6 Ways to get your story written. If you have problems getting your story down on paper, this article is for you.
You may know I run two writers’ clubs at the local library. One weekly one for adults and one monthly one for children. I had a great session with the kids again yesterday. They’re all girls, and some are born writers. I can’t believe how they absorb what I teach them like a sponge, and how prolific and creative their minds are.
The adults seem to have more problems putting pen to paper. Yes, they have more chores and responsibilities that take up their time. I don’t deny that. One lady, though, has a particular problem with writing stuff down (you know I’m talking about you, lovely lady X 🙂 ). I’ve tried all sorts to get her to write a full story, including the ending. This post is to share with you all the creative ways I’ve come up with to get a story written.
1. Set aside a specific writing time
As adults have less spare time than kids, it helps to set a specific time aside for your writing. The adult writers’ club runs every Wednesday afternoon, so I set every Wednesday morning aside for my short story writing.
I’m lucky not to have to go to work every day, but if you do, you may have to get more creative. Get up an hour earlier or work later into the night when you’re family is still/already asleep. Perhaps you can get your story down during your lunch break or while you’re commuting by bus/train/walking?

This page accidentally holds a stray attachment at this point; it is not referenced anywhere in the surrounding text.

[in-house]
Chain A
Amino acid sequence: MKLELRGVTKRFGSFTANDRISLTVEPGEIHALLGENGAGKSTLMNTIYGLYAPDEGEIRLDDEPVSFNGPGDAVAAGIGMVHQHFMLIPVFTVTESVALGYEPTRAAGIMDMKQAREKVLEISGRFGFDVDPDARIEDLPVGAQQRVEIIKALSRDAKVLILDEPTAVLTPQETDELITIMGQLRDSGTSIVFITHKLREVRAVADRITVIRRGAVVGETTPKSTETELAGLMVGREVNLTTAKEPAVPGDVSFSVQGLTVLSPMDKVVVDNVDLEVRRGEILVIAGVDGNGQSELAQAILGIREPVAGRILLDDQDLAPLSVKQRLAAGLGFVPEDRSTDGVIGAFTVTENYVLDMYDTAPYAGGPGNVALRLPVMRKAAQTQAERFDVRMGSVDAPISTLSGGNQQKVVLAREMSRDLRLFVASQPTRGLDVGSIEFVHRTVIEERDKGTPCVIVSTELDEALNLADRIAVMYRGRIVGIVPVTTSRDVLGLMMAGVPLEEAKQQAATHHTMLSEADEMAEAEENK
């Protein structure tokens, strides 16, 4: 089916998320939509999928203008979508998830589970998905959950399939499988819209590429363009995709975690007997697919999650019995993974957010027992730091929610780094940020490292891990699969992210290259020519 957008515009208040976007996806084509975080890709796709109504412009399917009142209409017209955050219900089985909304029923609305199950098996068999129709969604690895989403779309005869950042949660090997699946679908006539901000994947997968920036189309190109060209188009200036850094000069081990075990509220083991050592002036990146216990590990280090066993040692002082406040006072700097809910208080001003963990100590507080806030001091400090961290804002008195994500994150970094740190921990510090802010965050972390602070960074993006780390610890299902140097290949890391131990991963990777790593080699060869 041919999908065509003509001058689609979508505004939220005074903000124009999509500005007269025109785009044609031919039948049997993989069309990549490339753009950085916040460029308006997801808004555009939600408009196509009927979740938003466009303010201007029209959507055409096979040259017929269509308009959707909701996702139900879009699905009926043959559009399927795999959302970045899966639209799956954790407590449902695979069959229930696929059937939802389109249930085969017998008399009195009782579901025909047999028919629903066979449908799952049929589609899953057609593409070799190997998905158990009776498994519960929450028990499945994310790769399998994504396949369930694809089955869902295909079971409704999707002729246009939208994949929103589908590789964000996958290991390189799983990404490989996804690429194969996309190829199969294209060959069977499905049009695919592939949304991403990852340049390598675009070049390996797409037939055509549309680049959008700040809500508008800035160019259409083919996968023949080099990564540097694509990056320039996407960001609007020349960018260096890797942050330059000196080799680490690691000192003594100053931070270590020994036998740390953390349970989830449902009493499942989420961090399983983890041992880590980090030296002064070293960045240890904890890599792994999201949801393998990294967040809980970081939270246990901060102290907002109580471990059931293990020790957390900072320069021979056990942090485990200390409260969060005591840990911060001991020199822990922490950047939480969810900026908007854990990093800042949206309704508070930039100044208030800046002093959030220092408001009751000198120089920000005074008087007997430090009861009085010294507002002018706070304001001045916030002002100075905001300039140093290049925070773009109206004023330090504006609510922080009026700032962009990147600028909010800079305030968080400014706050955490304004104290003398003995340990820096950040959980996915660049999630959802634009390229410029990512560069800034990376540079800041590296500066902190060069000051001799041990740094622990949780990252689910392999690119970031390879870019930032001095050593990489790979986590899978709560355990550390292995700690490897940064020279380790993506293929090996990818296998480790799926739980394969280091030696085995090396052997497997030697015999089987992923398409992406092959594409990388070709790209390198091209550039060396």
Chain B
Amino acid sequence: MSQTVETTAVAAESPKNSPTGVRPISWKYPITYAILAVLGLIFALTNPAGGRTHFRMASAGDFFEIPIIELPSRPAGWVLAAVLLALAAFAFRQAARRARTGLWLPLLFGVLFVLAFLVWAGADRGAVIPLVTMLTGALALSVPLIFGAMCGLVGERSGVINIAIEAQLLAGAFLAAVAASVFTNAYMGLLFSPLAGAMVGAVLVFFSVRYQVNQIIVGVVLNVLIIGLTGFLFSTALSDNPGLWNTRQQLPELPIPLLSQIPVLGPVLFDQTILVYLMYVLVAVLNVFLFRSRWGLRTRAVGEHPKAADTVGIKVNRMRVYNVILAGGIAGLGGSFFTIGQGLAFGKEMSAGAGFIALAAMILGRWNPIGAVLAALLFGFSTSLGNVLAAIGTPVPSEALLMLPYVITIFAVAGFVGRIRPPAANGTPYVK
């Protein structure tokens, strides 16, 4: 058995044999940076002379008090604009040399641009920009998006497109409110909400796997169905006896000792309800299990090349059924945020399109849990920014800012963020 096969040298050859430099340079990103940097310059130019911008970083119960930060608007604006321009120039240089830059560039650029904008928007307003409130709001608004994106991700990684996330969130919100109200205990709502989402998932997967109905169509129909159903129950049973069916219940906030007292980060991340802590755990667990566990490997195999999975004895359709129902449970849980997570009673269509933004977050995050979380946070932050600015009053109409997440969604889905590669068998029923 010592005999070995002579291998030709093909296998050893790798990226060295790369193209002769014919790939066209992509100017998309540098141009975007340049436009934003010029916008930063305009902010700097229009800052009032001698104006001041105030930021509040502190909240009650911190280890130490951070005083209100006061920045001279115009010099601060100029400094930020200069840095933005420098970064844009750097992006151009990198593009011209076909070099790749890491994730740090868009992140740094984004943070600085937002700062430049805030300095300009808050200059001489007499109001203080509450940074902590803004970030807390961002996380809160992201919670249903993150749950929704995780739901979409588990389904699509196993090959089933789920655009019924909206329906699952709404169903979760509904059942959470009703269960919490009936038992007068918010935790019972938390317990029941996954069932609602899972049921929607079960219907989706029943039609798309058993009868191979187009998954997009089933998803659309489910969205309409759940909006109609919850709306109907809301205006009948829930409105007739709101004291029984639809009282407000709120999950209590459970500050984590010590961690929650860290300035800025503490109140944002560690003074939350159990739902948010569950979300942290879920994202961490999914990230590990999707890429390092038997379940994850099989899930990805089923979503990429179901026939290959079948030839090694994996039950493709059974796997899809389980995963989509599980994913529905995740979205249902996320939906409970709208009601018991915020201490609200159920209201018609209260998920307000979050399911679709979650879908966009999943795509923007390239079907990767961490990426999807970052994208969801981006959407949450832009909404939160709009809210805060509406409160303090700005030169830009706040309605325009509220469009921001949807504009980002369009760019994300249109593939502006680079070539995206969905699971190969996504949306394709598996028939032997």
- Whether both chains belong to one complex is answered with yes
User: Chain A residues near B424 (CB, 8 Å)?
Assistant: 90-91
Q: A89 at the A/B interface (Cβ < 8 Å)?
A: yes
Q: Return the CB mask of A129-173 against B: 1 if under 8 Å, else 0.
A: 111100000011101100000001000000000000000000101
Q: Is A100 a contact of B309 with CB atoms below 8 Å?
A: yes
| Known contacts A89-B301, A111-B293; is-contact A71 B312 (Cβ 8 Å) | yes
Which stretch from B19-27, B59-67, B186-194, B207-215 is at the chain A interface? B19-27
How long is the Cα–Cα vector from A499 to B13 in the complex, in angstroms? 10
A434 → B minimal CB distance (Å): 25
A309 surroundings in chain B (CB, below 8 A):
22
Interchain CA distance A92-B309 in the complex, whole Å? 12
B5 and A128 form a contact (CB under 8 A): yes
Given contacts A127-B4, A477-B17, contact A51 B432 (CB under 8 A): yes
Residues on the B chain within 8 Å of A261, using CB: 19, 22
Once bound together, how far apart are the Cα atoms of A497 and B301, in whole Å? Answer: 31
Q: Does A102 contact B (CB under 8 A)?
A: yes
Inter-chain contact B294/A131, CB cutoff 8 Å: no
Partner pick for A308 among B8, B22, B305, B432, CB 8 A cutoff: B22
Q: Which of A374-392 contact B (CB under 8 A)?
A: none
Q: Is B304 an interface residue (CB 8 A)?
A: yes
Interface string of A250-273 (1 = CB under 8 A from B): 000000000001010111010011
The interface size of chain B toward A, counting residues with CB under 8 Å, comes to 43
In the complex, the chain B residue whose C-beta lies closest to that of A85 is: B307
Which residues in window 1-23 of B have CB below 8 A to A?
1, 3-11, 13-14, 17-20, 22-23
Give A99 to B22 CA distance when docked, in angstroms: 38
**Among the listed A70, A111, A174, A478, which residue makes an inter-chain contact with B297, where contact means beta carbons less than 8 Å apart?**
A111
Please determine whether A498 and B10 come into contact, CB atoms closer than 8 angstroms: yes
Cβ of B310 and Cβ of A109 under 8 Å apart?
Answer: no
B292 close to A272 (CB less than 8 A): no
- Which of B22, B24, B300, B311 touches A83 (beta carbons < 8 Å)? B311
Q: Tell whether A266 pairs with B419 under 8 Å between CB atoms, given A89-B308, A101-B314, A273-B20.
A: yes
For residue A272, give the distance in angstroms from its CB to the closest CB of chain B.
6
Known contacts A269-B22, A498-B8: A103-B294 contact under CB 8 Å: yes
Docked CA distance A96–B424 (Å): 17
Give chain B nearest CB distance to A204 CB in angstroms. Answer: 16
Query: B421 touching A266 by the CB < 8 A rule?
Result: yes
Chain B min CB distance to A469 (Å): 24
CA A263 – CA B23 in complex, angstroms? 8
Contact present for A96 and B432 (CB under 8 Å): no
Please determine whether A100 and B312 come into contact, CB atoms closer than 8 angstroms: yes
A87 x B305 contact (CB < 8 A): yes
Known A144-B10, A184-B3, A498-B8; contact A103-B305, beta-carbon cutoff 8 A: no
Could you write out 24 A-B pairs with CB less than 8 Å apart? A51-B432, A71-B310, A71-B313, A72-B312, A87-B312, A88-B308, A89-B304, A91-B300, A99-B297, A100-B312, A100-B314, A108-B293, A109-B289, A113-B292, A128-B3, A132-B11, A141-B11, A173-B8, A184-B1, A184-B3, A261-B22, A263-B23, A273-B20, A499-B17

2. Just ‘write’
This is my way. Each week we pick a few keywords and write a story about them. As soon as I know the words, I usually already know the major direction my story will be going in. I don’t always know the ending. In fact, most of the time I don’t. I like to surprise myself.
It doesn’t matter how you write. It can be with pen on paper, or typed on your computer, laptop, or phone. Any which way will do. You could write it in the sand with the tide coming in. You could even record your voice. The thing is to not let the inspiration slip away from you.
It also doesn’t matter where you write. I sit at my desk, but I have a friend who stands at his desk. Desks are not a requisite, though. You could be sitting in public transport, or like I mentioned earlier, walking to work or walking your dog (obviously, you’d be recording your voice as writing while walking is rather difficult and, quite frankly, dangerous). Some people go on holiday to write and get inspiration. You could write your story on a mountain top!
Two years of writing short stories has given me the experience to write a full story within one thousand words, but this may not be the case when you’ve just started writing. The 5-Finger Pitch may possibly help you.
3. 5-Finger Pitch
It can help to know more specific what you’re going to write, when you know the major characteristics of your story. We used the 5-finger method to do this, and these are the five points you need to know before you start writing:
I learned this system during an online creative writing course and have adjusted it a little. I changed the last ‘finger’ into the twist part. I love twists. Nearly all my stories have a twist at the end.
For some, knowing these five points is still not enough to get to the ending of your story. In this case, you may want to plot your whole story before actually writing it. There are a lot of authors out there that plot every little detail of their novel before writing one sentence. I did this for my third novel and didn’t like it. Like I said before, I like my characters to surprise me and take me into directions I haven’t thought of before.
Apart from the 5-Finger Pitch, you may also need to know the following points to get your story written:
- Setting and introduction
- Change of status quo (at about 25%, i.e. 250 words)
- Midpoint/Resistance (at about 50%, i.e. 500 words)
- Lowest point of MC (at about 75%, i.e. 750 words)
- Climax building
Knowing roughly where the major turning points in your story are help you stick to the one thousand words.
5. Snowflake method